For Show questions, it is expected pupils provide full working, including the formula, substation and then the correct numerical answer. 

Contrasting image types for two different mirrors and/or lenses and describing interference in terms of path difference continues to be an area candidates struggle with.

 



 

91171:  Demonstrate understanding of mechanics

Candidates who were awarded Achievement commonly:

  • applied the principle of conservation of momentum to calculate velocity
  • drew free body force diagrams
  • calculated the time of flight of a projectile
  • described how to reduce the force experienced by a high-jumper on landing
  • stated the necessary conditions for equilibrium
  • calculated a torque
  • used the formula for centripetal force
  • selected appropriate formulae, substituted correct values and completed one-step calculations accurately
  • described straightforward concepts that were relevant to the given situation.

Candidates who were assessed as Not Achieved commonly:

  • were unable to recognise which physics concept was applicable to the situation in a particular question, neither for the descriptive nor for the numerical aspect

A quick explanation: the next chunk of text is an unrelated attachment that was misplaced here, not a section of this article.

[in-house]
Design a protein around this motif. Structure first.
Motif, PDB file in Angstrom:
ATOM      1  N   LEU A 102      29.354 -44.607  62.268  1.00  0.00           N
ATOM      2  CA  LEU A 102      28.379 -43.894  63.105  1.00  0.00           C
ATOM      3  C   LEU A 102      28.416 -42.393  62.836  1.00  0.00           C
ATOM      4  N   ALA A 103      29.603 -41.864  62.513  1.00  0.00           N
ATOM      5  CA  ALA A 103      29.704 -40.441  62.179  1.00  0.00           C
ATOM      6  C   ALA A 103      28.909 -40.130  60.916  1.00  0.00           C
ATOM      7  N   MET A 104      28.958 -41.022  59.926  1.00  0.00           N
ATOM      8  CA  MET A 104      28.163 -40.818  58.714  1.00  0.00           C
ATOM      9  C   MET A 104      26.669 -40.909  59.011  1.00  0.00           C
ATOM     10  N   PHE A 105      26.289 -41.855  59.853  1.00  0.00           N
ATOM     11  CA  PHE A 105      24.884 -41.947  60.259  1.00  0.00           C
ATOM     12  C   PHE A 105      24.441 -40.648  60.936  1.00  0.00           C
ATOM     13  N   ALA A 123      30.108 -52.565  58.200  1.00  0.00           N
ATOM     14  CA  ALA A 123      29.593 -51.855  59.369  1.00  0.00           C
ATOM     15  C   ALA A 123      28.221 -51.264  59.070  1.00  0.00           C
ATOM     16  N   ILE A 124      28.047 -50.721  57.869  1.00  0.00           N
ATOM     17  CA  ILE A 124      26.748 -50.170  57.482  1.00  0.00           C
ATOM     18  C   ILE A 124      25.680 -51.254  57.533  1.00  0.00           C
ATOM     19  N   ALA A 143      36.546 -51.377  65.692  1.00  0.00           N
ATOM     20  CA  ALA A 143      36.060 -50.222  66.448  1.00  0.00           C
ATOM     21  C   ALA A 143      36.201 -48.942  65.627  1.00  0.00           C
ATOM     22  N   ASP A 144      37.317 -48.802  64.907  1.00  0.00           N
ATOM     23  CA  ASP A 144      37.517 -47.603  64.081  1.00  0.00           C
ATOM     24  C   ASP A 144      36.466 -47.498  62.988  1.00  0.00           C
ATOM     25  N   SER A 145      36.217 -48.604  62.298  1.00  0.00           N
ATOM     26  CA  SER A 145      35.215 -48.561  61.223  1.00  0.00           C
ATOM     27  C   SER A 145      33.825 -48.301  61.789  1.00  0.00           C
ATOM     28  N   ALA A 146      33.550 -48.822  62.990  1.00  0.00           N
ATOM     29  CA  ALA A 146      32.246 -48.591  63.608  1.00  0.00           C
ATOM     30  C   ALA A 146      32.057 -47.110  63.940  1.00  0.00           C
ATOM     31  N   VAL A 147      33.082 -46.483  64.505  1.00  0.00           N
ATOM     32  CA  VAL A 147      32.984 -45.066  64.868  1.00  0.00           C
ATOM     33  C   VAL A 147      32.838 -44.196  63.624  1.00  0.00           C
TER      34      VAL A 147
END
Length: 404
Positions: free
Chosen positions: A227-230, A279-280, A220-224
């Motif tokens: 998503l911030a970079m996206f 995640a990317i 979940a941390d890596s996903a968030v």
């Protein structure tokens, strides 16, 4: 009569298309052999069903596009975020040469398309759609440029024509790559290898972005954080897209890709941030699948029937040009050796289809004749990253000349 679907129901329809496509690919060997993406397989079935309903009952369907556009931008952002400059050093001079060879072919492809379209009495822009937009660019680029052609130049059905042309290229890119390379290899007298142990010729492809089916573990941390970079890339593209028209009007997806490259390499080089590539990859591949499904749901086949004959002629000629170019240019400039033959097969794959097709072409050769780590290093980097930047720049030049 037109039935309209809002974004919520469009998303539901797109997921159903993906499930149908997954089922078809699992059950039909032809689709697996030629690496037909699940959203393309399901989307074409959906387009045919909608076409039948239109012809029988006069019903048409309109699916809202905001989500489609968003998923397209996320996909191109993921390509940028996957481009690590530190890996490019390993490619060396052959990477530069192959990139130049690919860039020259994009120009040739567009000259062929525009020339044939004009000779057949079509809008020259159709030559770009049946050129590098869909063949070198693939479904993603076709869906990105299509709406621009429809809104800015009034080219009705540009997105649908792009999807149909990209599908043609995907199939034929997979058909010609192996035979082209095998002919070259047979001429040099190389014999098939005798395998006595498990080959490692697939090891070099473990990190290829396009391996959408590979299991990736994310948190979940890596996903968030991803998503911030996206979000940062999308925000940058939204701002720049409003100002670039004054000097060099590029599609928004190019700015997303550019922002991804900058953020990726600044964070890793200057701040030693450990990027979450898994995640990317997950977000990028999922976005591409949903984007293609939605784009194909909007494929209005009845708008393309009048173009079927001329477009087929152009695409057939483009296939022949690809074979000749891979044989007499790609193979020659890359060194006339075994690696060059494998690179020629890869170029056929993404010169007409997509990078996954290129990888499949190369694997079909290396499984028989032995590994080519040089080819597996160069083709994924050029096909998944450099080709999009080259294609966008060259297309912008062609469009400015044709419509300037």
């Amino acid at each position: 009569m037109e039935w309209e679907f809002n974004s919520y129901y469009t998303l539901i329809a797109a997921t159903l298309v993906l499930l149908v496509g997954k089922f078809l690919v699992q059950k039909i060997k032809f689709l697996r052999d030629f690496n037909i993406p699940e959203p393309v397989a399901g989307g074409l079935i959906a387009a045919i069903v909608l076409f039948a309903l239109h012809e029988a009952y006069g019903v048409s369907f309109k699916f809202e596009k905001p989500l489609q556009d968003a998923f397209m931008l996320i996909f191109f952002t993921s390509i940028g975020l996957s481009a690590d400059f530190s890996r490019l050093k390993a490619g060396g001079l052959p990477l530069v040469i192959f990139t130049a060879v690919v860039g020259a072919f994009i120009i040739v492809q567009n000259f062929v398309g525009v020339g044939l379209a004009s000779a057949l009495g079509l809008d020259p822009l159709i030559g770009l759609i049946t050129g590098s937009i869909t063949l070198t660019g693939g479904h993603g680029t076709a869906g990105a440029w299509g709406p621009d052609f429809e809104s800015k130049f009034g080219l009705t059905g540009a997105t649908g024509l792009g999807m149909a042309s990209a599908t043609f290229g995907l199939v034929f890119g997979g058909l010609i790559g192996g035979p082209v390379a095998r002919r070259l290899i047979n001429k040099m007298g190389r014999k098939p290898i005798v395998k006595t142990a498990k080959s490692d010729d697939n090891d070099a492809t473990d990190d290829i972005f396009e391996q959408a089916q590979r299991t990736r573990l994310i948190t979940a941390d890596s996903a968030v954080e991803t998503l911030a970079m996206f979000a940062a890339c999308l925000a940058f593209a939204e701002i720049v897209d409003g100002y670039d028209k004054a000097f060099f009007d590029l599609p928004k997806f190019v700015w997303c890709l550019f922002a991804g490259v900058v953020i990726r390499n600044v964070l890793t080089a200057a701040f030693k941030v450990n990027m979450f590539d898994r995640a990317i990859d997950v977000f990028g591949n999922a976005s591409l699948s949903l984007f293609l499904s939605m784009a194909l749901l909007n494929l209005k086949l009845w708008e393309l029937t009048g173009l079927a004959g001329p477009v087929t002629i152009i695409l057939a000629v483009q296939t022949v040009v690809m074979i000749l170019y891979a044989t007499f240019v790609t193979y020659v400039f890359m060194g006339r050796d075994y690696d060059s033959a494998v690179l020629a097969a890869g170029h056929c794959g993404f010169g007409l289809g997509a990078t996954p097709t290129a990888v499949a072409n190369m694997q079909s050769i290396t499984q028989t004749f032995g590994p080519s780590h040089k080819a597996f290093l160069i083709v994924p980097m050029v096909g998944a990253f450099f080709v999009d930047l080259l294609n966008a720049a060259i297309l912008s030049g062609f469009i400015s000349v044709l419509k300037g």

• could not draw closed vector diagrams
  • were unable to calculate torques or explain how torques changed when the mass moved. 

Candidates who were awarded Achievement with Merit commonly:

  • stated the condition under which momentum is conserved
  • completed questions involving momentum and impulse
  • drew a closed vector diagram with only one error
  • calculated a value for elastic potential energy using  or using work done. 
  • explained how a change to a mat could reduce the force experience by a high-jumper on landing
  • carried out two-step calculations involving torques
  • calculated the speed of a rotating object given non-standard data
  • calculated the elastic potential energy of a spring 
  • selected appropriate formulae, substituted correct values and completed two-step calculations accurately
  • made valid links between connected physics ideas.

Candidates who were awarded Achievement with Excellence commonly:

  • applied the concept of impulse correctly to solve a problem
  • drew an accurate closed vector diagram
  • linked all ideas connecting force, time of impact and change of momentum
  • discussed clearly the effect of changing position has on torques and forces on a balanced plank.

Standard specific comments

Closed vector diagrams and multi-step torque questions continue to be an area candidates struggle with.